In October 2010 we received R6 million from the German Ministry of Cooperation (BMZ) via our partner in Germany, Misereor. This funding would pay for the implementation of a Renewable energy demonstration sites project in South Africa. The project began in the latter part of October 2010 and was completed last week on June 30th.
The primary objective of the project is to showcase a range of renewable energy and energy efficiency technologies at 10 sites that members of the public can visit easily. Non-profit sites have been selected on the basis of their engagement with and exposure to the public and their commitment to shifting to cleaner energy sources in order to cut carbon and reduce negative impacts on the environment and to save money spent on fossil-based energy supply.
Project 90 by 2030’s vision is to cut carbon significantly by 2030. We aim to do this mainly by addressing lifestyle change particularly in the areas of energy, transport, water, waste and water use. The demonstration sites project enables us to physically showcase how clean energy use and energy efficiency can be utilised in day to day life without negatively impacting on productivity and wellbeing. It provides the opportunity to test the use of different renewable energy technologies and a wide range of education opportunities on energy efficiency.
Summary of the 15 installations:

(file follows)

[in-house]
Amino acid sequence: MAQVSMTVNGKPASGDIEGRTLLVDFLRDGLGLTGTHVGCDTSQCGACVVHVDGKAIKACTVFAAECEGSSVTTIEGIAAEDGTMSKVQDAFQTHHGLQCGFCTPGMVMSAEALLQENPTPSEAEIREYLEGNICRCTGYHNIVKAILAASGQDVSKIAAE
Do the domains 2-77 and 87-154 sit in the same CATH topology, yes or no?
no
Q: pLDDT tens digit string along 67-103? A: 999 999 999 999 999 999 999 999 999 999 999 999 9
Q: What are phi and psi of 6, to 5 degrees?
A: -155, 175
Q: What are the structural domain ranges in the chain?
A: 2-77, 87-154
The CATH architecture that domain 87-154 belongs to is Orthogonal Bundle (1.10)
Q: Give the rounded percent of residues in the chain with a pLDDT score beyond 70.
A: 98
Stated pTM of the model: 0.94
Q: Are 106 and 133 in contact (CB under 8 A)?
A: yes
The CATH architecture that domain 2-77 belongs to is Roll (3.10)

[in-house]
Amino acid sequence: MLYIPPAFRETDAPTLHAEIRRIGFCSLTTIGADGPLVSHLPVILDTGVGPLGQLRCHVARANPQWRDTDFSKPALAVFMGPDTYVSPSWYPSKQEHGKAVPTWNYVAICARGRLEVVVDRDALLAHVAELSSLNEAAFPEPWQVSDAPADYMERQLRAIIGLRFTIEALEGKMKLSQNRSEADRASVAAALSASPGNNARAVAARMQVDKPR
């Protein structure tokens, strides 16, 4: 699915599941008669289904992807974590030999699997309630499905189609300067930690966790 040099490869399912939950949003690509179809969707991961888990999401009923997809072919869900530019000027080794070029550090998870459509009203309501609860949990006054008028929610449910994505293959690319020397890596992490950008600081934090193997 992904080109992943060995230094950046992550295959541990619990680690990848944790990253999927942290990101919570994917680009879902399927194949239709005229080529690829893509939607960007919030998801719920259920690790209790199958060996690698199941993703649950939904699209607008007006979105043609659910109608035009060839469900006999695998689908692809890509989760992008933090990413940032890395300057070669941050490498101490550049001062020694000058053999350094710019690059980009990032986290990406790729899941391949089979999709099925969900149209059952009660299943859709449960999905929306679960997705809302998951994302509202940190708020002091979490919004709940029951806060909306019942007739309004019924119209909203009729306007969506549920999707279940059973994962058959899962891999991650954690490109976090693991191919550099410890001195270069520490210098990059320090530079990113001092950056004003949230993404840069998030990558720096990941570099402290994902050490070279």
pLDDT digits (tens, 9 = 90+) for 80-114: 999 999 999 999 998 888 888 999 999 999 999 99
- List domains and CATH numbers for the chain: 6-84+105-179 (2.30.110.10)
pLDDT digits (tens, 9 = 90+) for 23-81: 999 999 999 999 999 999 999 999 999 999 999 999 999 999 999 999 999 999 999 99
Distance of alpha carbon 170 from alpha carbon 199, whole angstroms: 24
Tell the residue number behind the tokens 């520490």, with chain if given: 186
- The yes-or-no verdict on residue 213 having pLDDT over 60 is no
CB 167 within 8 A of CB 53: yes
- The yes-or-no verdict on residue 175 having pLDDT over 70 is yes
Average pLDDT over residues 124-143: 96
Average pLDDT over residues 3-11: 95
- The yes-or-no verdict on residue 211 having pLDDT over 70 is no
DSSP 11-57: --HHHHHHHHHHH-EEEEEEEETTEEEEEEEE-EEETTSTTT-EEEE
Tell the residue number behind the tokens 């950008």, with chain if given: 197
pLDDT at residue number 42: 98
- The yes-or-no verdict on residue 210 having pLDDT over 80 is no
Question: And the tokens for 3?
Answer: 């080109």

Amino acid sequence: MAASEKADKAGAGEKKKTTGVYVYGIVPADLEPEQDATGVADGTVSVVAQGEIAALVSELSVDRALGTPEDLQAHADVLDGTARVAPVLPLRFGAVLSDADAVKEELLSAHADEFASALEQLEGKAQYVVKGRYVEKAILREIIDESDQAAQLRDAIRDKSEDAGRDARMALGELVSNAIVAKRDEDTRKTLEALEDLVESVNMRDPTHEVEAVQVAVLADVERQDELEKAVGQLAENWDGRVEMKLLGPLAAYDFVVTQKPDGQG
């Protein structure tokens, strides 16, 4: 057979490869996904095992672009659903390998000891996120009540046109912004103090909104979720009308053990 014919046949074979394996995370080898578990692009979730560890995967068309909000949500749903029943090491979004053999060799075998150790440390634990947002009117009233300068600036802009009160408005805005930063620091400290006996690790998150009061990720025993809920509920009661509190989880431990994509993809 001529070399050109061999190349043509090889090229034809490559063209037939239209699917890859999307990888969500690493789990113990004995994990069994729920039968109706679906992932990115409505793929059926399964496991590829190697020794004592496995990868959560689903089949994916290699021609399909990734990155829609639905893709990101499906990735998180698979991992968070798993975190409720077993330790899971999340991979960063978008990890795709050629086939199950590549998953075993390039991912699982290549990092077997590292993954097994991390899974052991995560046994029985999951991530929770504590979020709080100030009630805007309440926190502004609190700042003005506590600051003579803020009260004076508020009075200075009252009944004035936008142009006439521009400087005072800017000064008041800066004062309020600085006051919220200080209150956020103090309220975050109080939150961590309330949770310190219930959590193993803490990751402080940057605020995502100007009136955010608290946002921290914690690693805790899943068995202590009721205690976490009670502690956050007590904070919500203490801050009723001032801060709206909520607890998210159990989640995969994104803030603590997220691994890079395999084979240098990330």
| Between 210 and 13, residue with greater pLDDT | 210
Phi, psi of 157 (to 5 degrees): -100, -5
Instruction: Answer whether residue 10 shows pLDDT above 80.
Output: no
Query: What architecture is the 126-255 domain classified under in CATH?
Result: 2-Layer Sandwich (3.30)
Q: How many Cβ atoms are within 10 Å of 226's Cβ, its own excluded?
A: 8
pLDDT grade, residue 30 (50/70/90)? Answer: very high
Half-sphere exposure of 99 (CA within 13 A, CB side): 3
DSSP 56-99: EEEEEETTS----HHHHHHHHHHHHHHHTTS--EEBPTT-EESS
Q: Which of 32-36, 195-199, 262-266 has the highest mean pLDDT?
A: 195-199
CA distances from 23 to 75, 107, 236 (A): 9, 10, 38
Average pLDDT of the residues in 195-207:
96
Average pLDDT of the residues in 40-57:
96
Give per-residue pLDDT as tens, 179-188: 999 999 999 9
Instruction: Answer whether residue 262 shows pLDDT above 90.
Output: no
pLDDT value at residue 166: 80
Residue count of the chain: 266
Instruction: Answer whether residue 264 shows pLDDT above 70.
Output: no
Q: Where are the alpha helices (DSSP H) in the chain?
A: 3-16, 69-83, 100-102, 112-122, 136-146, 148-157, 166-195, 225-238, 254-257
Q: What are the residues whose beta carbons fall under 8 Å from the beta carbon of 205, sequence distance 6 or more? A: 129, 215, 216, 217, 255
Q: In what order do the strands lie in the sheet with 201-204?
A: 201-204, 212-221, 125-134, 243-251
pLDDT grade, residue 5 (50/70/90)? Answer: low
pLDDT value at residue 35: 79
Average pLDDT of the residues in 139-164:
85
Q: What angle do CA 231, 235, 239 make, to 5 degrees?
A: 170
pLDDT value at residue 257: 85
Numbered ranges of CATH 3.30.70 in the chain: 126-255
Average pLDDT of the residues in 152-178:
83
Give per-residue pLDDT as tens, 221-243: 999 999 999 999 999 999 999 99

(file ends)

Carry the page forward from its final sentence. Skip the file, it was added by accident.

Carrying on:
In Cape Town 7.5 kW Solar PV system provides sufficient electricity to cover 50% of the Goedgedacht farm’s daily operational energy needs.
At the Two Oceans Aquarium 2 kW Solar PV and 1 kW Wind turbines provides 50% of the administration section’s energy requirements.
Mthimkulu Village training centre in Kleinmond biogas, a water- & energy-efficient ablution block and Solar panels make up a closed loop of energy supply around the cooking school.
3 social welfare centres of the Catholic Welfare & Development NGO have been provided with solar water heating, cooking & lighting installations.
In Kwa Zulu Natal the Durban Botanical gardens utilises the energy from 2 x 2.1 kW solar panel arrays mounted to tracking systems to run their visitors centre.
Reichenau mission station has been supported with a grant of R100,000 to complete work on the installation of a 25 kW hydro electric system to provide energy to the local primary school and in the Marianhill area 50 very poor households have been fitted with solar lighting kits.
Wessa’s Umgeni valley site has been provided with a grant of R100,000 to complete a range of renewable energy and energy efficiency installations there.
In Gauteng the National Zoo in Pretoria has been supplied with two electric golf carts fitted with solar panel roofs to ferry visitors and a 3.75 kW solar PV system to top up the charge when needed. The surplus energy produced by the solar array is fed into the zoo’s supply to offset electricity requirements.
Johannesburg zoo has the country’s first ‘zoo poo’ biogas installation and a 3.75 kW Solar PV system powers the visitor’s centre. The cheetah enclosure’s electric fence has been converted to a solar powered system.
At Sci Bono discovery centre, an example of an “off grid” solar system supplies power for lighting the entire visitor’s area.
In Limpopo a computer room at the Tshulu Trust community centre which previously had no access to electricity is now powered by a 4 kW Solar PV system enabling the local community to make use of facilities for 12 hours per day.
Read more about this project on our website here http://www.90×2030.org.za/view.asp?pg=demo_sites